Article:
All 44 subjects had weak positive or positive level of urine urobilinogen 24 h after study drug administration. The same abnormality was already observed at screening visit for each subject. Five subjects had weak positive or positive level of occult blood in urine 24 h after treatment. Three subjects had urine pH value above normal range and two subjects had rare squamous epithelial cells in urine.

Twenty-four hours after study drug administration, 6 subjects (14%) presented vital signs abnormalities (3 low HR, 2 high DBP, and 1 low SBP). At follow-up, 5 subjects (1%) presented vital signs abnormalities (3 low SBP, 1 high DBP, and 1 high HR). These abnormal parameters were not considered clinically significant by the Investigator.

Subjects of Group 5 showed an increase of oral body temperature starting approximately 2 h after study drug administration and peaking around 4 h. Treatment with EA-230 seemed to significantly reduce the increase in body temperature (+0.6° C. in active subjects vs +1.6° C. in placebo subjects), 4.5 h after LPS challenge (p-value=0.018).

LPS challenge also caused a decrease in blood pressure which was less marked in active than in placebo subjects and an increase in HR. No abnormality was observed in physical examinations performed 24 h after study drug administration and at follow-up.

No abnormal QTc was observed during the study. None of the occasional abnormal ECG parameters were considered clinically significant by the investigator.

EA 230 was rapidly eliminated from plasma. No conclusion on dose-linearity of EA 230 PK can be drawn because of large inter-subject variations in PK parameters.

Average concentration changes of IL-6, IL-8, TNF-α, and CRP were generally larger in the placebo subjects than in the active subjects after LPS challenge, but these differences were not significant.

Administration of a single dose of EA-230 was safe and well tolerated. No difference in AE number, abnormal laboratory parameters, vital signs, and ECG abnormalities were observed during the escalating dose part (from 1 mg/kg to 30 mg/kg).

The number of AEs, vital signs abnormalities and abnormal laboratory parameters were higher in Part 2 than in Part 1, because of the LPS challenge. EA-230 tended to reduce changes in blood pressure and body temperature in LPS-challenged subjects.

In conclusion, 44 healthy male subjects were included in the study, and all completed the study. The study was designed in two parts (Part 1 and Part 2).

Part 1 was a dose escalating study with 4 groups of 8 subjects (Group 1-4). In each group 6 subjects were randomized to active medication and 2 to placebo.

Group 1 received a single intravenous injection of EA-230 (1 mg/kg) or placebo.

Group 2 received a single intravenous injection of EA-230 (3 mg/kg) or placebo.

Group 3 received a single intravenous injection of EA-230 (10 mg/kg) or placebo.

Group 4 received a single intravenous injection of EA-230 (30 mg/kg) or placebo.

Part 2 consisted of 1 group of 12 subjects (Group 5) receiving LPS (4 ng/kg E. coli EC6) as a 2-minutes injection, 30 minutes prior to EA-230 administration. Eight subjects received EA-230 at the most effective dose (10 mg/kg), as established during Part 1, and 4 subjects received placebo.

Pharmacokinetics

PK samples were collected pre-dose and from 5 minutes to 4 h after the start of study drug administration.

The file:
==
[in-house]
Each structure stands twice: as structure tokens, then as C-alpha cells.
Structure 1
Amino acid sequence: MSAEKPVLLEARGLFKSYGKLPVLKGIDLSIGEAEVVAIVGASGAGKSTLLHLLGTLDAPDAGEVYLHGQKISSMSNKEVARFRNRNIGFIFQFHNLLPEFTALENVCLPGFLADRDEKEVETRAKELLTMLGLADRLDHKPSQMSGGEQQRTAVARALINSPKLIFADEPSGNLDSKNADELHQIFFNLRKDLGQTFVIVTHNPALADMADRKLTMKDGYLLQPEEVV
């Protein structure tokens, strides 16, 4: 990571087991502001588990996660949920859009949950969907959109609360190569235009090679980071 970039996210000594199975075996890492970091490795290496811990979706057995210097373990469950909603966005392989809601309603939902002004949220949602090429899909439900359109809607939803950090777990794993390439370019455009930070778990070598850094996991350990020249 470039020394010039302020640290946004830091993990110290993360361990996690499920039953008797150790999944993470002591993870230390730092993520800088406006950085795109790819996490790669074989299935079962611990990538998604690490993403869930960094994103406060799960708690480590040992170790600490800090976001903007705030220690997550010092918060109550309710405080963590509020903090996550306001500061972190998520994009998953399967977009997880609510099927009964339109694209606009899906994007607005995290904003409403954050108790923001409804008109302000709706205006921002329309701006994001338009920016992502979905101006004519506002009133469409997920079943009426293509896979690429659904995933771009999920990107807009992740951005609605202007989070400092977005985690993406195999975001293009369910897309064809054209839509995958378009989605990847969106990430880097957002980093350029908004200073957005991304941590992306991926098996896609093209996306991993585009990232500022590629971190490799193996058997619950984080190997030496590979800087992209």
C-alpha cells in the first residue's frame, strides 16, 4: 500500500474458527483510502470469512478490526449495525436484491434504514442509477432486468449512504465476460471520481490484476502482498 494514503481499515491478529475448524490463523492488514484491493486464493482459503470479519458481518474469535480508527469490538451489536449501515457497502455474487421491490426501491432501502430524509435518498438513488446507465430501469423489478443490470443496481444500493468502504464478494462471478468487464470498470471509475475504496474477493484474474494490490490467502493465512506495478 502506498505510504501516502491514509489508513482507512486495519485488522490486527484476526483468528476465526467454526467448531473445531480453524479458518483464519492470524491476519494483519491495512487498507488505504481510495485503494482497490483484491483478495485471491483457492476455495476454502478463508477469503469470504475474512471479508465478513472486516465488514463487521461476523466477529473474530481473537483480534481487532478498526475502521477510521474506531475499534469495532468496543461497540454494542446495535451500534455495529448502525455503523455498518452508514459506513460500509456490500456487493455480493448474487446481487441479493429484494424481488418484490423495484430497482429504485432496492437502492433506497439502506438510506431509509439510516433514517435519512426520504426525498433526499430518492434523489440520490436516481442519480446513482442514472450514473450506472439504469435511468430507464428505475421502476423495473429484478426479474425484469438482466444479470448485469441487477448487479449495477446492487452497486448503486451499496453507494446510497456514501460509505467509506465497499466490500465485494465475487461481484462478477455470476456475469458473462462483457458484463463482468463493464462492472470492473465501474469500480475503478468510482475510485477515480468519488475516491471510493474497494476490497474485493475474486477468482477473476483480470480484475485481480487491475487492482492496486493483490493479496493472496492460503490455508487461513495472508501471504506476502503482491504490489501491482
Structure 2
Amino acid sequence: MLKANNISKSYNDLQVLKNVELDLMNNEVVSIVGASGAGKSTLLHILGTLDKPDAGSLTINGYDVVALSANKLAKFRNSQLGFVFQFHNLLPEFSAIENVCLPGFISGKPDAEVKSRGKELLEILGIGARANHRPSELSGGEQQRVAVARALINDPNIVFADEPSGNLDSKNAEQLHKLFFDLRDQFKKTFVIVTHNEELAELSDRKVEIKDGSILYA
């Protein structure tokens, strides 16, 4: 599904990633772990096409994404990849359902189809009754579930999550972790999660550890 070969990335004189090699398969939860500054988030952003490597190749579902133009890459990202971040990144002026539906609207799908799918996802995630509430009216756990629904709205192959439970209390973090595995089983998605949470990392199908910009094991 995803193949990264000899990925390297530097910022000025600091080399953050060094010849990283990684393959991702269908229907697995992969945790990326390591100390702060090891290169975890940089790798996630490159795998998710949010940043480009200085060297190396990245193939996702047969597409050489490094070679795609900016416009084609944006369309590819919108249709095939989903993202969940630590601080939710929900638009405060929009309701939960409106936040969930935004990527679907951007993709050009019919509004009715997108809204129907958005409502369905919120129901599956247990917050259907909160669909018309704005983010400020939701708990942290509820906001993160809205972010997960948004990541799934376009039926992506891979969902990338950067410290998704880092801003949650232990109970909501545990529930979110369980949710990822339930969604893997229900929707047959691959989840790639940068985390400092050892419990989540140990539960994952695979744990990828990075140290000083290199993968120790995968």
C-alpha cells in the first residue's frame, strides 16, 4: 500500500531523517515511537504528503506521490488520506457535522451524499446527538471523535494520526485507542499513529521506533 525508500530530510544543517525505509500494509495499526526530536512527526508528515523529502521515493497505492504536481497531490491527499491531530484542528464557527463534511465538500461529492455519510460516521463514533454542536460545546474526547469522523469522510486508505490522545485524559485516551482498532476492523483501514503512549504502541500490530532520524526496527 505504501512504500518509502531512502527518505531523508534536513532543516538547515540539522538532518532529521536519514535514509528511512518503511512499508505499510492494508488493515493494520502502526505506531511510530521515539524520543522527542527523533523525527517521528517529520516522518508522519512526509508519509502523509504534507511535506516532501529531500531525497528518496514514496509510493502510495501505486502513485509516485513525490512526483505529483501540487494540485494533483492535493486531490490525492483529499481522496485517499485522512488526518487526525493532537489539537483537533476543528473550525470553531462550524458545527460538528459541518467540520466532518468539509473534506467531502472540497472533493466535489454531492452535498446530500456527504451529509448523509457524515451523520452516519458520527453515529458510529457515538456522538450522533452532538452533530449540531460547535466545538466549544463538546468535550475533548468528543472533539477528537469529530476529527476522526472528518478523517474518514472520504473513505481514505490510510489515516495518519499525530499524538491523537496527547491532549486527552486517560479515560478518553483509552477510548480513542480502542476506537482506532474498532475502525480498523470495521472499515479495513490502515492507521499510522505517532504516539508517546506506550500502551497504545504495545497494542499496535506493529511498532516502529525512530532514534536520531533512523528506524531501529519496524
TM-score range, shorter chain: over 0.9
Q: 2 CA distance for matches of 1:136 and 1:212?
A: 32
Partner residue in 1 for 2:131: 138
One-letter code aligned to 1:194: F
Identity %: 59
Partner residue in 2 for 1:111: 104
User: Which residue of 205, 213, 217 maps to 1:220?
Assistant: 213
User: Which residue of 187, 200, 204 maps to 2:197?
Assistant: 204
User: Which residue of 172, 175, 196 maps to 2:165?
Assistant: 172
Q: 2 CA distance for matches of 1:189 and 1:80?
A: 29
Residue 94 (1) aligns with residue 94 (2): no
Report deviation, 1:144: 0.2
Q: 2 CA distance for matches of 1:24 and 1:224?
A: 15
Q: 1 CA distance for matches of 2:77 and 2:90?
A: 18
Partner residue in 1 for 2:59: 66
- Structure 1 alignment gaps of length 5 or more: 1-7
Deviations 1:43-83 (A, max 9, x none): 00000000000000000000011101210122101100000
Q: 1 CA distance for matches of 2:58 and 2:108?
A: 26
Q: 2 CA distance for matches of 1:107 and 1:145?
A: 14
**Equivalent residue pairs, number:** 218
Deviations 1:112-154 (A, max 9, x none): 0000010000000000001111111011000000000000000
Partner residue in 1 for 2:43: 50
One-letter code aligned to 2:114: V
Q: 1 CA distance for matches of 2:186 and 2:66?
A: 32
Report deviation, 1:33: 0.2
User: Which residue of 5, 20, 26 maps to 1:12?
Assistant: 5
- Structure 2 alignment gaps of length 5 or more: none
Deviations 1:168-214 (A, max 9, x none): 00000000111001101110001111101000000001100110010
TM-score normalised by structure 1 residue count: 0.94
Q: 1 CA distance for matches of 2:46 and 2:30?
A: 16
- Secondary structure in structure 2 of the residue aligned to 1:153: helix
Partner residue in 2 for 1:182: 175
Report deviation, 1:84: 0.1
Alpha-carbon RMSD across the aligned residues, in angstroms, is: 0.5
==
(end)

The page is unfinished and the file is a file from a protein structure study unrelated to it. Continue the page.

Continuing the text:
Theoretically, tmax should have been the end of infusion time. However, it was observed 5 minutes before the end of infusion in subjects treated with 10 mg/kg EA-230 alone and in 2 subjects treated with 30 mg/kg EA-230, and 10 minutes before the end of infusion in most subjects treated with 10 mg/kg EA-230 with LPS challenge. The investigator did not report any infusion problem for these subjects. Therefore, no obvious explanation can be provided for this peculiarity.

Inter-subject variability in EA-230 concentration in plasma and derived PK parameters was high. The drug was rapidly eliminated: average concentrations were below LOQ by 15 minutes after the 1-mg/kg dose to 2 h after dosing after the 30-mg/kg dose. No first-order terminal elimination phase could be observed in the profiles. 90% CIs of the mean Cmax and AUClast treatment ratios were wide, making estimates little reliable. Therefore, no conclusion on dose-linearity of EA-230 PK can be drawn.

Pharmacodynamics

PD analysis was performed on data from Part 2 only. Samples for cytokines (IL-6, IL-8, IL-10, and TNF-α) and granulocytes (WBC, basophils, eosinophils, lymphocytes, monocytes, and neutrophils) were taken up to 7.5 h after dosing. Samples for CRP measurement were taken up to 168 h after dosing.

Cytokines, WBC, neutrophils, and CRP showed an increase consecutive to LPS challenge. Other granulocytes differentials showed a decrease. Most cytokines and monocytes were back to baseline values by 7.5 h after dosing. Average concentration changes of IL-6, IL-8, TNF-α; and CRP were generally larger in the placebo subjects than in the active subjects. Other PD variables profiles were similar in placebo and active subjects. No significant difference between placebo and active subjects in PD variables changes was observed at any time, except in one test out of the 84 performed.

Safety

Thirteen treatment-emergent AEs (TEAEs) in 8 subjects occurred during the first part of the study and 28 in 12 subjects during the second part. All TEAEs were mild, except two moderate events in 1 placebo subject having been challenged with LPS. TEAEs deemed treatment-related by the investigator were scarce and included mostly mild nervous system disorders. No difference in AE occurrence was observed between placebo and active subjects. No increase in the number or intensity of AEs with the dose of EA-230 was observed during the escalating dose part. AEs occurred more frequently during Part 2 because of the LPS challenge. No SAE occurred during the study.